As such, he’ll draw a cutoff line for stayability and sort from that. Any heifer, regardless of how good she looks, gets culled if her stayability score falls below the cutoff line.

Then he’ll eyeball the heifers and sort according to each customer’s needs. “We try to get the right heifer to the right environment,” he says. Some cattlemen like bigger-framed, growthy heifers and are willing to feed them accordingly. “They look for the high-output cattle,” he says. Others run a low-input operation where large-framed, high-input heifers wouldn’t work.

Since the DNA data gives an indication of average daily gain, along with tenderness, marbling, calving ease and stayability, he can route the higher-growth heifers to the operations that can manage them better, while still keeping an eye on stayability.

Russ Slager of McCook, NE, is one such customer. “We sell on carcass and we want to grow big calves fast,” he says. “So we look for maternal traits that will give us the biggest bang for our buck.”

That means milk and maternal instinct wrapped up in a big, framey heifer. “That will all come to fruition for us this year,” he says. “We’ll be able to correlate the DNA numbers of the phenotypes we want. And we’ll know. We’ll have a big animal that will mother well. Then when we track that back down through the DNA and where these heifers came from, we’ll know that’s where we want to buy heifers from in the future.”

Another Look: Commercial Producers Share Their Replacement Criteria

For Bob Meismer of Ogallala, NE, having the DNA data available on the heifers he buys helps him several ways. But he’s taking a patient approach to using the data.

“I’m not convinced, until you get past one or two calves, that you can really assess performance,” he says. So he wants a heifer to breed back twice, maintain good milking conditions through her first and second calf, maintain a good body score, and show plenty of mothering ability. Then he’ll look at her DNA data and use that as a roadmap. “After you get a couple of years’ performance, you’ve got something that you really want to track, you really want to look for and you really want to retain for,” he says.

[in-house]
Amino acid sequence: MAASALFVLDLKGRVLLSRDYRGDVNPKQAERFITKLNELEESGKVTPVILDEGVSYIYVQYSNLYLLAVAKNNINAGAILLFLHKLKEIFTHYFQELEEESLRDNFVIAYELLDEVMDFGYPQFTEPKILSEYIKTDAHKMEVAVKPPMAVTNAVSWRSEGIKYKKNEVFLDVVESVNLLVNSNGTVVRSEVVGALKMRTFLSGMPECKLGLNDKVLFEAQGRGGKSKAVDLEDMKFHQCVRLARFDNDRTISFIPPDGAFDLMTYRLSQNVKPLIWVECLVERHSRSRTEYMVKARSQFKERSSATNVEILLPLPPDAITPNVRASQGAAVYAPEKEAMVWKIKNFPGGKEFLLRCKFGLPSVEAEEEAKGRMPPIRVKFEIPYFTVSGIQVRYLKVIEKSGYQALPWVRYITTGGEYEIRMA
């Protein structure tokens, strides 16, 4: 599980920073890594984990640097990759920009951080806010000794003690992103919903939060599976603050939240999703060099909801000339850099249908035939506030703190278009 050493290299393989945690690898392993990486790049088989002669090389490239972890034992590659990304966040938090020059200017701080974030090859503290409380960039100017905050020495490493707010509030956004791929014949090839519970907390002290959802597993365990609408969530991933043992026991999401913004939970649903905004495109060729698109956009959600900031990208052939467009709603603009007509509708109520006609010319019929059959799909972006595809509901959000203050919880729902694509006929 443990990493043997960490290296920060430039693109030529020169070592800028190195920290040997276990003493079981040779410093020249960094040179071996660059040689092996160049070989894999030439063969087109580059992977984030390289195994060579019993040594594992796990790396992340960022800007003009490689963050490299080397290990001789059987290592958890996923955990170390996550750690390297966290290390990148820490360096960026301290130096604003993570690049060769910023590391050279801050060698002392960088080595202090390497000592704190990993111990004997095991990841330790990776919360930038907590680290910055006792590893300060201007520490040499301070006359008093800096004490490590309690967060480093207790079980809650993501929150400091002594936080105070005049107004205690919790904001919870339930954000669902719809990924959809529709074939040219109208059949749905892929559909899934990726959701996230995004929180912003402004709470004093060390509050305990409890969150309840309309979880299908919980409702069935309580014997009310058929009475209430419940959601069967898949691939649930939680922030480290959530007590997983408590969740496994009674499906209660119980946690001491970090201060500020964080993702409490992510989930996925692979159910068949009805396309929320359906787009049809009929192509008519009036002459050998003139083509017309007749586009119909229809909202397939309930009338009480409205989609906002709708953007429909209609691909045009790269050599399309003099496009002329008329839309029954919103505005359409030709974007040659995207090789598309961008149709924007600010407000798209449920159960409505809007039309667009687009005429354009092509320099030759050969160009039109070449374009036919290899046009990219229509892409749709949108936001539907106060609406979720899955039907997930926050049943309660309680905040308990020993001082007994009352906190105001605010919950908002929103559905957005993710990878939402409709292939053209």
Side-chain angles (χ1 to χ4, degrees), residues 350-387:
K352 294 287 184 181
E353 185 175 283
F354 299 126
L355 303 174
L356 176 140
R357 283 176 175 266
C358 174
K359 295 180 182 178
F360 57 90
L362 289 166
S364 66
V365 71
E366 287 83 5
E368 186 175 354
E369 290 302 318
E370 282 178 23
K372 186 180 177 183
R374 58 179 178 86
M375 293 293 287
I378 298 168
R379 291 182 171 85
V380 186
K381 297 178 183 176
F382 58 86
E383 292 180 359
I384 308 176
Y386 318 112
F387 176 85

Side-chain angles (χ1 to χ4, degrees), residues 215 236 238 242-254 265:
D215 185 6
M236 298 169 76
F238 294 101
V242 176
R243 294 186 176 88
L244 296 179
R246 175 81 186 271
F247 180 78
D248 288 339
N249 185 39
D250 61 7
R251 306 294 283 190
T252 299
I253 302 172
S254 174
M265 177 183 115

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“We’re looking for everything we can put in our toolbox to track predictability and performance,” he says, “because the key for us is that we need a calf we can market one of three directions. We need a calf with enough weight to sell right off the cow and meet our financial and performance expectations; we need a calf we can take to the backgrounding lot and hit certain target weights to hit our financial expectations in terms of performance; and then we finish some calves out and have expectations there as well.”

He thinks including DNA data in his toolbox of performance records will help him select cattle to better meet those challenges. “You have these things that come along and if it’s beneficial to your program, you’ve got to do it because you can’t afford not to do it,” he says.

Hoffman agrees. “For a commercial heifer, it’s about as close as you can get to an EPD,” he says. In that regard, Hoffman looks at the data as a way to raise the bottom end.

“I don’t think it’s designed to pick out the perfect animal,” he says. “You work to find the trends and work the trends in your favor so the percentages are higher. If you can eliminate the bottom heifers, and the ones more apt to be open, that’s where the real value of the technology comes in.”


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About the Author(s)

Burt Rutherford

Senior Editor, BEEF Magazine

Burt Rutherford is director of content and senior editor of BEEF. He has nearly 40 years’ experience communicating about the beef industry. A Colorado native and graduate of Colorado State University with a degree in agricultural journalism, he now works from his home base in Colorado. He worked as communications director for the North American Limousin Foundation and editor of the Western Livestock Journal before spending 21 years as communications director for the Texas Cattle Feeders Association. He works to keep BEEF readers informed of trends and production practices to bolster the bottom line.